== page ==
The examples and perspective in this article deal primarily with Canada and do not represent a worldwide view of the subject. You may improve this article, discuss the issue on the talk page, or create a new article, as appropriate. (December 2010) (Learn how and when to remove this template message)
A mixed group of structures, with the CN Tower in the background to the right.

Urban seismic risk is a subset of the general term seismic risk which describes the problems specific to centers of population when they are subjected to earthquakes. Many risks can be minimized with good earthquake construction, and seismic analysis. One of the best ways to deal with the issue is through an earthquake scenario analysis.


Toronto, Ontario, Canada is used as an example city in this article. The general issues are common to all cities subject to earthquakes.

Cities are a mixture of old and new construction as in this picture. Note the old brick building mixed in with the new highrises, and the famous Toronto CN Tower. Similar to methodologies used in nuclear reactors,[1] a seismic walkdown of the city is the best way to identify vulnerabilities and possible places for improvement.

Toronto is located on the shores of Lake Ontario, the site of much microseismicity.[2] Historic records indicate[citation needed] that energetic earthquakes occur infrequently in the region, as with many other cities in the world, though Toronto was struck by a 5.0 magnitude earthquake on June 23, 2010,[3] and a 5.1 magnitude earthquake on May 17, 2013.[4]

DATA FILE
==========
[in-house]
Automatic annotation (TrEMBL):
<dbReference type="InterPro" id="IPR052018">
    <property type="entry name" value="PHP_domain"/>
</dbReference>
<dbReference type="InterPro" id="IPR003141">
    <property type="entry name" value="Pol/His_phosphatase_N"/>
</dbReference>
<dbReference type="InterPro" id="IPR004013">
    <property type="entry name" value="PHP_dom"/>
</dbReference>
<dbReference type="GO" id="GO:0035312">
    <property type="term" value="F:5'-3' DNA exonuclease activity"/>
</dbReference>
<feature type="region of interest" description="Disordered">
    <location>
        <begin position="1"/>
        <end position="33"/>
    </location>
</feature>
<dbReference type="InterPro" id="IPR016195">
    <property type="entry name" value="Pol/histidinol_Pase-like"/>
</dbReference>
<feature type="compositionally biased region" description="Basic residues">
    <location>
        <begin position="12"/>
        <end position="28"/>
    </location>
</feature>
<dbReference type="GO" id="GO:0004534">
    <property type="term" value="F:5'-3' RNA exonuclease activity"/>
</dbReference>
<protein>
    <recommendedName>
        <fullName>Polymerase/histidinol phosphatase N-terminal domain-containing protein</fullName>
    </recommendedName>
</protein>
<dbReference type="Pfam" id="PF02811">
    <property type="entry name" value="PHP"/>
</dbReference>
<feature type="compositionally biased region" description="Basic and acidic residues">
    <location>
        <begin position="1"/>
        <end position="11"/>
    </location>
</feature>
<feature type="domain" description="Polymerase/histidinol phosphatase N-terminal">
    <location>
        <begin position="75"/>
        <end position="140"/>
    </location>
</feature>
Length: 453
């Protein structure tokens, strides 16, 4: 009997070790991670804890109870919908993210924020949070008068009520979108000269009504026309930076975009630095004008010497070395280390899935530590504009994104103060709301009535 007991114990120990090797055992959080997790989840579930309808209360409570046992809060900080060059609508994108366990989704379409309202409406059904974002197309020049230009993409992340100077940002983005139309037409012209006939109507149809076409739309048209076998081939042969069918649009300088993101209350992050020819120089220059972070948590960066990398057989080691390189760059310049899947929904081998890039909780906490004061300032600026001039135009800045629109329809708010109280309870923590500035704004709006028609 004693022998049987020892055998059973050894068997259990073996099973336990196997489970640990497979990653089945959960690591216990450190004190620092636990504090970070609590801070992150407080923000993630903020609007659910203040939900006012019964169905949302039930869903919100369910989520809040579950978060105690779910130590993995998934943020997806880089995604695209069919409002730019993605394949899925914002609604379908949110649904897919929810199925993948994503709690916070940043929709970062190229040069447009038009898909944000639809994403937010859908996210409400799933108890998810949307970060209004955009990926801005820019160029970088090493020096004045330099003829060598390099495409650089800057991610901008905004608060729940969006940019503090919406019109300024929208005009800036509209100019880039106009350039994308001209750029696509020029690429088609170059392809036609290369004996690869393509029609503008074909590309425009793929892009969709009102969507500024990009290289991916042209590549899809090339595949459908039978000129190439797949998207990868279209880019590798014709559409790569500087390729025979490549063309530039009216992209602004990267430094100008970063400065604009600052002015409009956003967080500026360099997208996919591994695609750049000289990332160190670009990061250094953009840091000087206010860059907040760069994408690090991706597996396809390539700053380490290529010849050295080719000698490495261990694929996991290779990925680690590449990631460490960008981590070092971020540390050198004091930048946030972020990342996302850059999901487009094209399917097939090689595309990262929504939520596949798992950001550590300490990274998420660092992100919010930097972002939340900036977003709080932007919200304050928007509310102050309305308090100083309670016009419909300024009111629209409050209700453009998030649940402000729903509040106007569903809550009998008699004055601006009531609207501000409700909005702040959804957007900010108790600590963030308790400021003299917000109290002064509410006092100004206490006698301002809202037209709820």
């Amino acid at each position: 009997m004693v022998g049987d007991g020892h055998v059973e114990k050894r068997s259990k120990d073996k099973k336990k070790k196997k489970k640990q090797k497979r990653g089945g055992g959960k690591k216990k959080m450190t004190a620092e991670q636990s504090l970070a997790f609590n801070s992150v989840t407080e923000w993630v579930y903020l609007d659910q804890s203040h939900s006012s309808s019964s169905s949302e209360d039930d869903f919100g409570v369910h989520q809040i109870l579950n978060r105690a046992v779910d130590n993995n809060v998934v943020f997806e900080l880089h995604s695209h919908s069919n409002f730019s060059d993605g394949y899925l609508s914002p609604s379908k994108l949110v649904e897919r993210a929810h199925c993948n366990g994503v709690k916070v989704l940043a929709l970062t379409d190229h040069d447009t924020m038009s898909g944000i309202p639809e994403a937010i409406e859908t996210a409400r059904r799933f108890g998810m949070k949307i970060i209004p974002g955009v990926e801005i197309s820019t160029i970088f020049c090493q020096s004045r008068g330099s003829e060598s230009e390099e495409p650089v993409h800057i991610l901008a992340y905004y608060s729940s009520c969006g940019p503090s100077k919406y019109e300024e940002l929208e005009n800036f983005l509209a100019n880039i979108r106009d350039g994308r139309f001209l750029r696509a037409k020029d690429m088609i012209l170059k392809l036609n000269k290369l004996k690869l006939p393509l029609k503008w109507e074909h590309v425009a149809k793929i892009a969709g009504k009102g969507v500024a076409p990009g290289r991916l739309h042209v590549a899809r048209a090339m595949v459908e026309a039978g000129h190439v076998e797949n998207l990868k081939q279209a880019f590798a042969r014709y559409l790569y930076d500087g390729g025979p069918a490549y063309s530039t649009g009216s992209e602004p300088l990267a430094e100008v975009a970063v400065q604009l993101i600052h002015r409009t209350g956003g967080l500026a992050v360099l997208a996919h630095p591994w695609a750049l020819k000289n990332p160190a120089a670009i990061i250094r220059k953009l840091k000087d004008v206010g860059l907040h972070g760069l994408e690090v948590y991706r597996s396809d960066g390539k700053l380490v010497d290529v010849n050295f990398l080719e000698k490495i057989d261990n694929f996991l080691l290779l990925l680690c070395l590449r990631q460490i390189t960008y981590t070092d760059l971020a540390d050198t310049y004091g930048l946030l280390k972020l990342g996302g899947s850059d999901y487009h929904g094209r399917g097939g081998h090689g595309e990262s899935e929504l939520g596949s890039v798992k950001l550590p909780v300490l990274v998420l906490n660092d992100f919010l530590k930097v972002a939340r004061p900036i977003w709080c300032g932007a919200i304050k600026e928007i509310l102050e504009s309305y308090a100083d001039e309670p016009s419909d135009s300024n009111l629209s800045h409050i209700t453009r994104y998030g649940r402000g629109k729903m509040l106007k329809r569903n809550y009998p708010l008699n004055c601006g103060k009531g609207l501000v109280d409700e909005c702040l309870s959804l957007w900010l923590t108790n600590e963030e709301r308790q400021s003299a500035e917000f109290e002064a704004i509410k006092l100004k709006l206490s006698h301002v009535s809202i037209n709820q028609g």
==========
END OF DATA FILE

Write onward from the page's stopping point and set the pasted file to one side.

Most new construction complies with strict building codes, and buildings designed for loads that go beyond seismic[citation needed]. For example, Toronto's highrises are, for the most part, firmly situated on bedrock (for settlement reasons), and are designed for hurricane wind loads[citation needed]. They are not expected to have any problems structurally during an earthquake[citation needed], although they may sway noticeably.

Gardiner Expressway, Toronto's elevated expressway

There are many places where the risk of seismic damage to older buildings is quite high. Old brick buildings on poor soils are highly vulnerable to earthquake damage, particularly when the mortar holding the bricks together has decayed. This picture shows an elevated expressway on filled land. Although there may not be total collapse, there will be sufficient damage to incapacitate the structure[citation needed]. Problems increase if there is the possibility for soil or soil liquefaction.

Even in buildings which are capable of withstanding an earthquake without structural failure there may be risk to people due to interior hazards. Items such as suspended ceilings and light fixtures have almost no seismic ruggedness. Warehouse stores where heavy merchandise is stacked are a particular hazard.

International projects

The IDNDR secretariat launched the RADIUS (risk assessment tools for diagnosis of urban areas against seismic disasters) initiative in 1996 to promote worldwide activities for the reduction of urban seismic risk, which experienced rapid growth particularly in developing countries, by helping to raise public awareness.[5]

Urban risk and planning

One of the disaster risk reduction themes set forth by the United Nations International Strategy for Disaster Reduction project PreventionWeb, is urban risk and planning. This theme refers to the measurement and management of urban hazards and vulnerability in order to improve awareness and local capacity to effectively reduce disaster risk.[6]


  1. ^ Murray, R. C.; Kimball, J. K.; Guzy, D. J.; Hill, J. R. (7 December 1994). "Use of experience data for seismic evaluations at Department of Energy facilities" (PDF).
  2. ^ "The Southern Ontario Seismic Network". Archived from the original on 2009-05-13. Retrieved 2003-05-21.
  3. ^ Aulakh, Raveena (June 23, 2010). "Tremors felt in Toronto". Toronto Star.
  4. ^ Associated Press (May 17, 2013). "Canada Earthquake 2013".
  5. ^ "RADIUS: risk assessment tools for diagnosis of urban areas against seismic disasters". International Decade for Natural Disaster Reduction (IDNDR). 20 June 2008. Retrieved 7 May 2012.
  6. ^ "Urban Risk & Planning". PreventionWeb. Retrieved 7 May 2012.